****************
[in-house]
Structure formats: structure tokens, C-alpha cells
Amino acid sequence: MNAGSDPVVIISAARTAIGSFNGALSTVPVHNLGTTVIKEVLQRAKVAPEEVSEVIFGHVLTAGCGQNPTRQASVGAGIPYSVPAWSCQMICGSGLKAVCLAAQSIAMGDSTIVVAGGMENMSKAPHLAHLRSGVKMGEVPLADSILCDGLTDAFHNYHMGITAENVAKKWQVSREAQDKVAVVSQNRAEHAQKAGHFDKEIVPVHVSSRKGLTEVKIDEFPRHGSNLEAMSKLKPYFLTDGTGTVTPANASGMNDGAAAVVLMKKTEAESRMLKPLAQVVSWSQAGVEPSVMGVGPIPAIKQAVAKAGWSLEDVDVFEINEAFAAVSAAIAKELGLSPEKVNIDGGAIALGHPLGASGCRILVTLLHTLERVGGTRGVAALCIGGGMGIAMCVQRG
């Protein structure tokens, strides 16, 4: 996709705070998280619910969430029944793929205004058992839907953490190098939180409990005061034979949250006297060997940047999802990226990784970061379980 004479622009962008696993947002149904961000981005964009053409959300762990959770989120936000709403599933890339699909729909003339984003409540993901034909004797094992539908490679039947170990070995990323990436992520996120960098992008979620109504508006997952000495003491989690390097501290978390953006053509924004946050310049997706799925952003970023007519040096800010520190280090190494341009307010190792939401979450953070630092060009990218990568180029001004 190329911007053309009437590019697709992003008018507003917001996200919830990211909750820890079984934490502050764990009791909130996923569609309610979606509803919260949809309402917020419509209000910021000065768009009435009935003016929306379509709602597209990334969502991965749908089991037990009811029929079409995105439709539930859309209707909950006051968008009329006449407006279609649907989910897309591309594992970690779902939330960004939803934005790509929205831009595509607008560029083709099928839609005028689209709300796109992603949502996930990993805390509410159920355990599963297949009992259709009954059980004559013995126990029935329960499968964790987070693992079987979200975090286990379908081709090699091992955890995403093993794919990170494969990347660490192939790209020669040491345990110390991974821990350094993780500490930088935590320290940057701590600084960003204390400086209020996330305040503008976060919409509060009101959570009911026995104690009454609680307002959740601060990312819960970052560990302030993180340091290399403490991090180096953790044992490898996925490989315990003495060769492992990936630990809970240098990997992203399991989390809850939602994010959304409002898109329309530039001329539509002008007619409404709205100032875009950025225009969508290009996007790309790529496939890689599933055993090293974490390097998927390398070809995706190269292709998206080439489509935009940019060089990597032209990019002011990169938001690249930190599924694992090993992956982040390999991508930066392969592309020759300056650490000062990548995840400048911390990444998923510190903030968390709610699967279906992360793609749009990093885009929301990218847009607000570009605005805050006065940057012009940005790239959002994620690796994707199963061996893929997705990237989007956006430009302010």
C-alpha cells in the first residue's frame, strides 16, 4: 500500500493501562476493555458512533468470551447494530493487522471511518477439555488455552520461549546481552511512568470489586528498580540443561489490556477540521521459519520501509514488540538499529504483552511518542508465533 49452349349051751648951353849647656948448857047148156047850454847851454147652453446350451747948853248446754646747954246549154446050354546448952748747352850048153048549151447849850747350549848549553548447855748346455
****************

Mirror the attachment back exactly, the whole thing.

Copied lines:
[in-house]
Structure formats: structure tokens, C-alpha cells
Amino acid sequence: MNAGSDPVVIISAARTAIGSFNGALSTVPVHNLGTTVIKEVLQRAKVAPEEVSEVIFGHVLTAGCGQNPTRQASVGAGIPYSVPAWSCQMICGSGLKAVCLAAQSIAMGDSTIVVAGGMENMSKAPHLAHLRSGVKMGEVPLADSILCDGLTDAFHNYHMGITAENVAKKWQVSREAQDKVAVVSQNRAEHAQKAGHFDKEIVPVHVSSRKGLTEVKIDEFPRHGSNLEAMSKLKPYFLTDGTGTVTPANASGMNDGAAAVVLMKKTEAESRMLKPLAQVVSWSQAGVEPSVMGVGPIPAIKQAVAKAGWSLEDVDVFEINEAFAAVSAAIAKELGLSPEKVNIDGGAIALGHPLGASGCRILVTLLHTLERVGGTRGVAALCIGGGMGIAMCVQRG
């Protein structure tokens, strides 16, 4: 996709705070998280619910969430029944793929205004058992839907953490190098939180409990005061034979949250006297060997940047999802990226990784970061379980 004479622009962008696993947002149904961000981005964009053409959300762990959770989120936000709403599933890339699909729909003339984003409540993901034909004797094992539908490679039947170990070995990323990436992520996120960098992008979620109504508006997952000495003491989690390097501290978390953006053509924004946050310049997706799925952003970023007519040096800010520190280090190494341009307010190792939401979450953070630092060009990218990568180029001004 190329911007053309009437590019697709992003008018507003917001996200919830990211909750820890079984934490502050764990009791909130996923569609309610979606509803919260949809309402917020419509209000910021000065768009009435009935003016929306379509709602597209990334969502991965749908089991037990009811029929079409995105439709539930859309209707909950006051968008009329006449407006279609649907989910897309591309594992970690779902939330960004939803934005790509929205831009595509607008560029083709099928839609005028689209709300796109992603949502996930990993805390509410159920355990599963297949009992259709009954059980004559013995126990029935329960499968964790987070693992079987979200975090286990379908081709090699091992955890995403093993794919990170494969990347660490192939790209020669040491345990110390991974821990350094993780500490930088935590320290940057701590600084960003204390400086209020996330305040503008976060919409509060009101959570009911026995104690009454609680307002959740601060990312819960970052560990302030993180340091290399403490991090180096953790044992490898996925490989315990003495060769492992990936630990809970240098990997992203399991989390809850939602994010959304409002898109329309530039001329539509002008007619409404709205100032875009950025225009969508290009996007790309790529496939890689599933055993090293974490390097998927390398070809995706190269292709998206080439489509935009940019060089990597032209990019002011990169938001690249930190599924694992090993992956982040390999991508930066392969592309020759300056650490000062990548995840400048911390990444998923510190903030968390709610699967279906992360793609749009990093885009929301990218847009607000570009605005805050006065940057012009940005790239959002994620690796994707199963061996893929997705990237989007956006430009302010």
C-alpha cells in the first residue's frame, strides 16, 4: 500500500493501562476493555458512533468470551447494530493487522471511518477439555488455552520461549546481552511512568470489586528498580540443561489490556477540521521459519520501509514488540538499529504483552511518542508465533 49452349349051751648951353849647656948448857047148156047850454847851454147652453446350451747948853248446754646747954246549154446050354546448952748747352850048153048549151447849850747350549848549553548447855748346455